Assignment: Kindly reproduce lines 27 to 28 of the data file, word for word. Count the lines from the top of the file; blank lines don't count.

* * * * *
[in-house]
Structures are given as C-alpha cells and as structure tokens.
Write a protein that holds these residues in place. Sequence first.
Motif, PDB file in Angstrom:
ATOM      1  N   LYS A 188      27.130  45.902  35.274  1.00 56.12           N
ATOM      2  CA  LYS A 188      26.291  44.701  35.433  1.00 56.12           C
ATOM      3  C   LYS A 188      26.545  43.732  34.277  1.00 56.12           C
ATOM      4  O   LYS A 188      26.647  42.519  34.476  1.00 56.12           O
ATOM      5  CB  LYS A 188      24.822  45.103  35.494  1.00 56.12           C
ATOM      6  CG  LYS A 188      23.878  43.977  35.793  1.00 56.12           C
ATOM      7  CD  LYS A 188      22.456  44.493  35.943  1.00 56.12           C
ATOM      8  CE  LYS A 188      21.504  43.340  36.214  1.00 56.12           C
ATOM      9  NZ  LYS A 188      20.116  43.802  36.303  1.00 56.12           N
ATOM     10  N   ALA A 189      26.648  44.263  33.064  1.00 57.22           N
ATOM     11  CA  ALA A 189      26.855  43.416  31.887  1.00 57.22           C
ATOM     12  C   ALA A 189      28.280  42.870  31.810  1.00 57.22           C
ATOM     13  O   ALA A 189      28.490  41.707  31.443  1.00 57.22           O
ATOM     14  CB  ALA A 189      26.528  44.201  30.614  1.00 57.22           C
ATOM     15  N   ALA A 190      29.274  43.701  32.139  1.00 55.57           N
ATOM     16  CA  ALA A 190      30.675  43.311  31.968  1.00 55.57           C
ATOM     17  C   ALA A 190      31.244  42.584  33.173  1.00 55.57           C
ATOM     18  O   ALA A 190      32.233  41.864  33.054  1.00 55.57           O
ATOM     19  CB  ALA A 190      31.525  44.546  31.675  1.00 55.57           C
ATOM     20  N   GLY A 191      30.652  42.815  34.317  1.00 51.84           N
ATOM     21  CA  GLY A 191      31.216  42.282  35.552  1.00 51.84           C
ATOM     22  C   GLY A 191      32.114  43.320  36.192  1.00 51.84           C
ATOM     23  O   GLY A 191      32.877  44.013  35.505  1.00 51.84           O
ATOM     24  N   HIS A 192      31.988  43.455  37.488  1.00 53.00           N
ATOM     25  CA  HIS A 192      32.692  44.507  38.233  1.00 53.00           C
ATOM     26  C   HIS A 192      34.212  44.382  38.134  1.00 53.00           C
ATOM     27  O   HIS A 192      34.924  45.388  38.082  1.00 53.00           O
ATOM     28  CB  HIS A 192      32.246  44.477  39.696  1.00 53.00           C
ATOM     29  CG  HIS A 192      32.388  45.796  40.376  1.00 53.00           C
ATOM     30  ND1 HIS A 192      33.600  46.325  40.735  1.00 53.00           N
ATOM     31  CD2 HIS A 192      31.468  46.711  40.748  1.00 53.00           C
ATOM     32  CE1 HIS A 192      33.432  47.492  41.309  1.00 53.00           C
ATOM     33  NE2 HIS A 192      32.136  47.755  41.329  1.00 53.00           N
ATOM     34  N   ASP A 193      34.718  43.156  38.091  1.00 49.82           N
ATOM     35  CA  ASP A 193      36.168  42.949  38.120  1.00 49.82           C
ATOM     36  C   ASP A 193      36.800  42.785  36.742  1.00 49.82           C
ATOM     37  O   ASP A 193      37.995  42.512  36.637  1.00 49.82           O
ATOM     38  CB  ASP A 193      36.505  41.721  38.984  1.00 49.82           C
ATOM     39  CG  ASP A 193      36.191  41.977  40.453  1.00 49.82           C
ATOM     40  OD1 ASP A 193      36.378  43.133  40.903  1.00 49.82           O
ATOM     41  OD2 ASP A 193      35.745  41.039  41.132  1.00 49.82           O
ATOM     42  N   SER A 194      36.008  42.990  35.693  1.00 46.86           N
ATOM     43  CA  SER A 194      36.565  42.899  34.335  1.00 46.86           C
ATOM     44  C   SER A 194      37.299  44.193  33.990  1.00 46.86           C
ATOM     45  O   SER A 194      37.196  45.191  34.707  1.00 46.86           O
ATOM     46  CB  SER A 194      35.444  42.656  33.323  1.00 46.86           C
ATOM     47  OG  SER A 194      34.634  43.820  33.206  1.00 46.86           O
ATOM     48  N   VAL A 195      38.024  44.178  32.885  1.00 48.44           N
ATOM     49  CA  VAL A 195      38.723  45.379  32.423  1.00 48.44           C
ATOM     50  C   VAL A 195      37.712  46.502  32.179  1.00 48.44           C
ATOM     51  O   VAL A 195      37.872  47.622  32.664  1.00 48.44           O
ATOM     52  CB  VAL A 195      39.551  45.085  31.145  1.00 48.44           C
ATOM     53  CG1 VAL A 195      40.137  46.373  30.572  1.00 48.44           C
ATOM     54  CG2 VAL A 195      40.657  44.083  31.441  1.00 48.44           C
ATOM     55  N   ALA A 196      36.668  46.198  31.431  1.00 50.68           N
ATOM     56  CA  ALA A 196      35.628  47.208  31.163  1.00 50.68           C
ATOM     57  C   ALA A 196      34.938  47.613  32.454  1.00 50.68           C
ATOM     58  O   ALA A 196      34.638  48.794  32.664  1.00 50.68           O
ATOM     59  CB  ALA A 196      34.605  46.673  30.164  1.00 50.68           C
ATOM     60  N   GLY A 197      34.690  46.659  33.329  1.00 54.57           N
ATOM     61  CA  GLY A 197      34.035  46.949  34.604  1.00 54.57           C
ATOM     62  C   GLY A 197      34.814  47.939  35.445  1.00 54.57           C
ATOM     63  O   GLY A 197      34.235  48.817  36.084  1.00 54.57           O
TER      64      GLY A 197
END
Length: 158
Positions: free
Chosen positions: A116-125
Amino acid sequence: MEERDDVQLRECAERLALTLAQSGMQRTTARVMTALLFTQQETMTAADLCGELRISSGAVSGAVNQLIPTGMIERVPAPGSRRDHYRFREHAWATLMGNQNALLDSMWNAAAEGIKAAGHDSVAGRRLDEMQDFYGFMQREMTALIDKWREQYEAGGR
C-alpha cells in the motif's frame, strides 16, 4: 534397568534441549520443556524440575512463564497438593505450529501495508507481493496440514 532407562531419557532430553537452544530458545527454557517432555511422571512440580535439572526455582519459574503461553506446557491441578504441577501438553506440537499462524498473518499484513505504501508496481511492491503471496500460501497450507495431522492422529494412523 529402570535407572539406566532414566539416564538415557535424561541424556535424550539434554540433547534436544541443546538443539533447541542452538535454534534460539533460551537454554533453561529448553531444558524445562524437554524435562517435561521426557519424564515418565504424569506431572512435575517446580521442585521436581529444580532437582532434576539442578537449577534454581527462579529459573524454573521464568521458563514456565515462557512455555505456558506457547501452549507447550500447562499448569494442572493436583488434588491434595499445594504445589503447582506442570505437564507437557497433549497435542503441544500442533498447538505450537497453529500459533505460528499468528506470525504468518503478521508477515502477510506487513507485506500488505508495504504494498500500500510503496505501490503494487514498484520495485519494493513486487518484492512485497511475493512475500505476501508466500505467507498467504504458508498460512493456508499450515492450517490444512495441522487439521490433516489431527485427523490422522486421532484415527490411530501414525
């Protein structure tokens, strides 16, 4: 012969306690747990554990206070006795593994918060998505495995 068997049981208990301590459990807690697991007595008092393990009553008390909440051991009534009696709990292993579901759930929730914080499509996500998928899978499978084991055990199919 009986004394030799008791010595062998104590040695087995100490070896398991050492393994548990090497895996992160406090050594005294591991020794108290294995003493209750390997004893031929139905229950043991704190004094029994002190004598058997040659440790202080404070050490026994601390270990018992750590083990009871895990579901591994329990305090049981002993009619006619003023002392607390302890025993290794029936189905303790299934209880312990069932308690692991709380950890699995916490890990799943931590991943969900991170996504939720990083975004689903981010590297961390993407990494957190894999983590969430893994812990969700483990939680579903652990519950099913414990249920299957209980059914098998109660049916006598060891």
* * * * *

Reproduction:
ATOM     23  O   GLY A 191      32.877  44.013  35.505  1.00 51.84           O
ATOM     24  N   HIS A 192      31.988  43.455  37.488  1.00 53.00           N